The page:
The SLAC job market and disappearing jobs

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Just in case you thought blogging was dead: I read an interesting blog post that I want to share with you, and comment on it in my blog.

This post was about disappearing faculty positions at Small Liberal Arts Colleges (SLACs), on a blog for early career philosophers. It points out enrollment declines in SLACs, and a notably substantial drop in the number of new tenure-track positions being offered at these institutions. The comments section in that post are quite illuminating and it communicates the precarity of being a tenure-track or tenured professor in an institution that may have trouble with enrollment and keeping the lights on.

One way that small private colleges are adjusting to enrollment challenges is to cut back on hiring new faculty. That’s a lot better than going into debt or drawing down from the endowment, so that seems wise. I don’t know if this has been happening in STEM fields? In the eco/evo jobs wiki, I didn’t notice many jobs at SLACs when I was just taking a browse, but I don’t know how this relates to previous years. Though there seem to be a bunch of RPU (Regional Public University) jobs this year.

When I was at the last batch of conferences in the past several months, one thing that came up a few times when I was chatting with postdocs was about how jobs in small colleges is highly appealing, but also the job security that comes with tenure isn’t necessarily so secure. What good is tenure if your college has to close its doors and fire everybody? How do you know if, when you take a job, that the institution will be around 30 years later? Will it even survive the current demographic decline of traditional college-aged students?

I imagine that all of the SLACs that are on the top-100 national lists on the strength of a robust endowment will continue to exist. (And the reason these places are ranked high, in good part, is because of the endowment.) But folks enroll in colleges in part because they’re buying the name of the institution on their diploma, and the connection to the alumni network, and so these places have both their reputations and their endowments to rely on during leaner times. But what about all the wonderful places that don’t have 9-digit endowments and aren’t quite as prestigious? How many more of them are going to go under? Does this include the place where you’re currently working or are thinking about taking a job?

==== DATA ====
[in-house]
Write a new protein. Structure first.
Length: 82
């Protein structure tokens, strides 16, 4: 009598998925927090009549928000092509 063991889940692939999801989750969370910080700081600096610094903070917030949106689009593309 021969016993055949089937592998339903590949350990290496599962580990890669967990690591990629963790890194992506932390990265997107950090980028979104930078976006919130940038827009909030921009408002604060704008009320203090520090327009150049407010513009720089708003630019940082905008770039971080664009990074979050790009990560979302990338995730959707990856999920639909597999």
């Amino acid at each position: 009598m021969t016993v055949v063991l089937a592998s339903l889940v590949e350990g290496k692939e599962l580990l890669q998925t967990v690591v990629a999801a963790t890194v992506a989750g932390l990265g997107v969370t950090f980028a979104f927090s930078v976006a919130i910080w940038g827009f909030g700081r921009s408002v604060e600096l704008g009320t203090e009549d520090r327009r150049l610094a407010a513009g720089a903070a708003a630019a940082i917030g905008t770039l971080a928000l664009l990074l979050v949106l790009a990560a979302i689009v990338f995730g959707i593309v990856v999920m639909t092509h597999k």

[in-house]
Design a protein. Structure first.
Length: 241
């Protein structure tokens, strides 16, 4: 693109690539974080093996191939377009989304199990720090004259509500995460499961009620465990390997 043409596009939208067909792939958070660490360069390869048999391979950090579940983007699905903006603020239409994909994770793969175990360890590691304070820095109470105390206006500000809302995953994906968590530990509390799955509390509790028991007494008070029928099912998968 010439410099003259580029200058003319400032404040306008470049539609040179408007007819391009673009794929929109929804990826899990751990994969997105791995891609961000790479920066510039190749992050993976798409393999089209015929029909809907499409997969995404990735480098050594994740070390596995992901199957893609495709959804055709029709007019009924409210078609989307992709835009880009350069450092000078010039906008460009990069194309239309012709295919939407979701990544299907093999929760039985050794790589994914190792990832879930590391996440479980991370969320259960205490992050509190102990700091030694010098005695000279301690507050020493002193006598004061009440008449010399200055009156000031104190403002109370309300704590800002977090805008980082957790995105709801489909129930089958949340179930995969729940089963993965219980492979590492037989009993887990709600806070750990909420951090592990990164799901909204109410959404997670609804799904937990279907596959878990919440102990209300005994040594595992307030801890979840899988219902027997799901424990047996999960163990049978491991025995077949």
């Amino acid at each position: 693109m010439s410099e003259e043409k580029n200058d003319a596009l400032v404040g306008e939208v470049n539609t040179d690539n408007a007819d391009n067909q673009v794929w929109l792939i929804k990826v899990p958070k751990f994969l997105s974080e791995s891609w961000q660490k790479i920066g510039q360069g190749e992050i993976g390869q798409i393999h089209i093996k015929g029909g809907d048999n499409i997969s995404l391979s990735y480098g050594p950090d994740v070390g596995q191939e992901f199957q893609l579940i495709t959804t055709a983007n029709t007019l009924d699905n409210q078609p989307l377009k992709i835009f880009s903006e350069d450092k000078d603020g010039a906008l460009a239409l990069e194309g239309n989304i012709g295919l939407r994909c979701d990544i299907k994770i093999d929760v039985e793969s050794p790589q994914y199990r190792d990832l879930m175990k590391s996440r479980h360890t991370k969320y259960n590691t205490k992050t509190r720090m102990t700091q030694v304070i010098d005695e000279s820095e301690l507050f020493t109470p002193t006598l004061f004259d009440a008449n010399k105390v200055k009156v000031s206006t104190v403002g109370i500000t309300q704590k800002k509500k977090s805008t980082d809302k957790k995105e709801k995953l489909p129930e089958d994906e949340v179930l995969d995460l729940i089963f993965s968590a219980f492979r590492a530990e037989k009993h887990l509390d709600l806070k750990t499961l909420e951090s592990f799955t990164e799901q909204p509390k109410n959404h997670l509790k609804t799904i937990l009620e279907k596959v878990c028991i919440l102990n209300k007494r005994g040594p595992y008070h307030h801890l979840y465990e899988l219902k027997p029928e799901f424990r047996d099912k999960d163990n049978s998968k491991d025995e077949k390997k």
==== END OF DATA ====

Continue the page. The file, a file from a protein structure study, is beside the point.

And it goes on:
I forget where I first heard this many years ago, but someone once told me that “Real tenure is portable.” Which means that having tenure, but not being able to leverage your position to be able to land another job you might want, isn’t really tenure, because that job can disappear or go bad in an instant. You get some bad leadership, a sociopathic colleague, or a divorce or a new marriage or a climate disaster, and you might need to move. What good is tenure if it’s anchored to a single place? And the value of that tenure is less and less if you’re not even confident that the campus will be able to keep its promise to you if they run out of money. You have “real tenure” if you maintain your competitiveness on the job market, as you evolve and as the academic landscape evolves.

Anyhow, back in 2016, I posted about the financial cliff that low-endowment small colleges would be facing, in the context of wondering whether it’s wise to hitch one’s career to a cart that might pulled by a horse that might run out of food. And since that time, a bunch of small colleges have disappeared. More are going to be closing their doors in the coming years, to be sure. It’s not exactly gratifying to see that a bunch of this has happened and that it’s going to get worse.

Anyhow, if you’re interviewing at a SLAC, you might want to make sure that any long-term plans of yours are compatible with the long-term fiscal stability of the institution. And if you’re concerned that the ship might sink, I would guess it might be a good idea to disembark at the port rather than trying to catch a lifeboat as it’s going under?

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